Throughout recorded history, many cultures and societies have used some type of building structure to detain prisoners for punishment or as they awaited trial. There are biblical references to various types of detention - from Daniel's captivity overnight in the lions' den (where it was not anticipated by the Persians that he would survive), to numerous references to the use of prisons by the Roman Empire at the time of Christ. The structures typically have been very functional, providing excellent examples of the architectural principle that "form follows function."
In 15th and 16th century Europe, punishment was usually corporal, ranging from whipping or time in stocks, to execution or enslavement. Detention was not a typical punishment, although the English and French did detain some individuals for life in the Tower of London and the Bastille in Paris in lieu of execution.
The type of facility used varied with the social attitudes of the time and their subsequent effect on the beliefs about crime and punishment. A look at the history of correctional attitudes, and the resulting facilities (prisons and jails), gives us insight into the problems faced by society in the past, many of which parallel problems faced today.
Queen Elizabeth Deals with Crowding
Queen Elizabeth I began to transport convicts to the British colonies in the 16th century to provide hard labor to help develop the colonies. This continued into the late 18th and early 19th centuries, when Australia became one of the most common destinations, probably because of its location on the other side of the earth and the barrier of the South Pacific and the remote Outback. As many as 160,000 criminals were sent to Australia, and more than 40,000 were sent to the New England colonies during this period. Facilities usually were built by the prisoners when they arrived.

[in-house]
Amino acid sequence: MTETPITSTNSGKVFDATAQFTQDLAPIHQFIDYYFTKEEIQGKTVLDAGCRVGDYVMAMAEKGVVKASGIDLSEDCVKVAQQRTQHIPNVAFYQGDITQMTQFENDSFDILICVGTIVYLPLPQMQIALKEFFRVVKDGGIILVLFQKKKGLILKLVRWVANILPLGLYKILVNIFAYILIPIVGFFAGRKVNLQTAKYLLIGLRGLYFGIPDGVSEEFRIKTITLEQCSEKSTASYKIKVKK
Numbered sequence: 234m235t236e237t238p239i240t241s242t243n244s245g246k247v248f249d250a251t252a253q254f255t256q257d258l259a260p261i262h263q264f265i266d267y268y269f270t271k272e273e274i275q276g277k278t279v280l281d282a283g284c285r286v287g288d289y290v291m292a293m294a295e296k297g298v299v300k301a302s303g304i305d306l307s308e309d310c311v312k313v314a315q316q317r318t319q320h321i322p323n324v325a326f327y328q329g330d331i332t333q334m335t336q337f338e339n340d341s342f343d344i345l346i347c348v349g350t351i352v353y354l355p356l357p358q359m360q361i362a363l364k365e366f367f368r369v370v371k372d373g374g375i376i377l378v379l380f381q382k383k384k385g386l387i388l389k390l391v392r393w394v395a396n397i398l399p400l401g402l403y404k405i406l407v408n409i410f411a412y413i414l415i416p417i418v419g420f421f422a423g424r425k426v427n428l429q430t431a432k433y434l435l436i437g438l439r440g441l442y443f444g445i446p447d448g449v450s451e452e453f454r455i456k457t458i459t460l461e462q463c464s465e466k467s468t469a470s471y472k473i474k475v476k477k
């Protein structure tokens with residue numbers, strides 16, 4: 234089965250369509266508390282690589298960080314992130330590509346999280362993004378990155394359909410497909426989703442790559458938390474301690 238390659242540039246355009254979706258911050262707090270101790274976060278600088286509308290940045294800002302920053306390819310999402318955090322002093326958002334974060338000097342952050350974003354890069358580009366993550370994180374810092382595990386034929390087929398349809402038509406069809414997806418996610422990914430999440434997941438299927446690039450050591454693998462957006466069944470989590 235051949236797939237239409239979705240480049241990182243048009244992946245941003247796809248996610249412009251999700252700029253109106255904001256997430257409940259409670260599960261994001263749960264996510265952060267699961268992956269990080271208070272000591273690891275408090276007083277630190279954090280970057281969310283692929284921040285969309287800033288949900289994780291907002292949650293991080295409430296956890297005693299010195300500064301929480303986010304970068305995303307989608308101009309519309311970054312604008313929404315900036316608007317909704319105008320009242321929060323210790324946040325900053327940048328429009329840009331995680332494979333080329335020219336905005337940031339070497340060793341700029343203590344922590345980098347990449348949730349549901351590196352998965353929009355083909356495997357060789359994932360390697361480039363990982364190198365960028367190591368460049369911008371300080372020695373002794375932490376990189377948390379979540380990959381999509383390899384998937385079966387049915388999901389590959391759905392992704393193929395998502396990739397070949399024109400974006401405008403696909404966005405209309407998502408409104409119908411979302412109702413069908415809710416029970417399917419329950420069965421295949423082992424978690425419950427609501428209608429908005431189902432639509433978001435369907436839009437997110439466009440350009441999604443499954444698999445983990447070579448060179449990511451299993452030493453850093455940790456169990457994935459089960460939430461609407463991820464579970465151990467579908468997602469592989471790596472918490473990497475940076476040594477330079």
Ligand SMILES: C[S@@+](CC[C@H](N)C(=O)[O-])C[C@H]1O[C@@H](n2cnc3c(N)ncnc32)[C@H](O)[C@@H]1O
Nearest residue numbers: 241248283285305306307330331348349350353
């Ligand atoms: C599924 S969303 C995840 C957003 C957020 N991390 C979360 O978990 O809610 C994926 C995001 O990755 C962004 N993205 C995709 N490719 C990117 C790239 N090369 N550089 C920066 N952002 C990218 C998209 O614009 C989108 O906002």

In the 17th century, Europeans began holding in prisons persons convicted as debtors, misdemeanants and felons. The increased offender population and prison crowding led to measures such as holding prisoners on old sailing vessels anchored in the harbors. Interestingly, more than half of the prisons in England at the time were privately operated. These facilities generally were crowded and filthy, and reformers began to push for change during the 19th century.
Crime and Punishment In New England
Many of the British punishment practices were mandated to the colonies. The attitudes of the founders of the New England...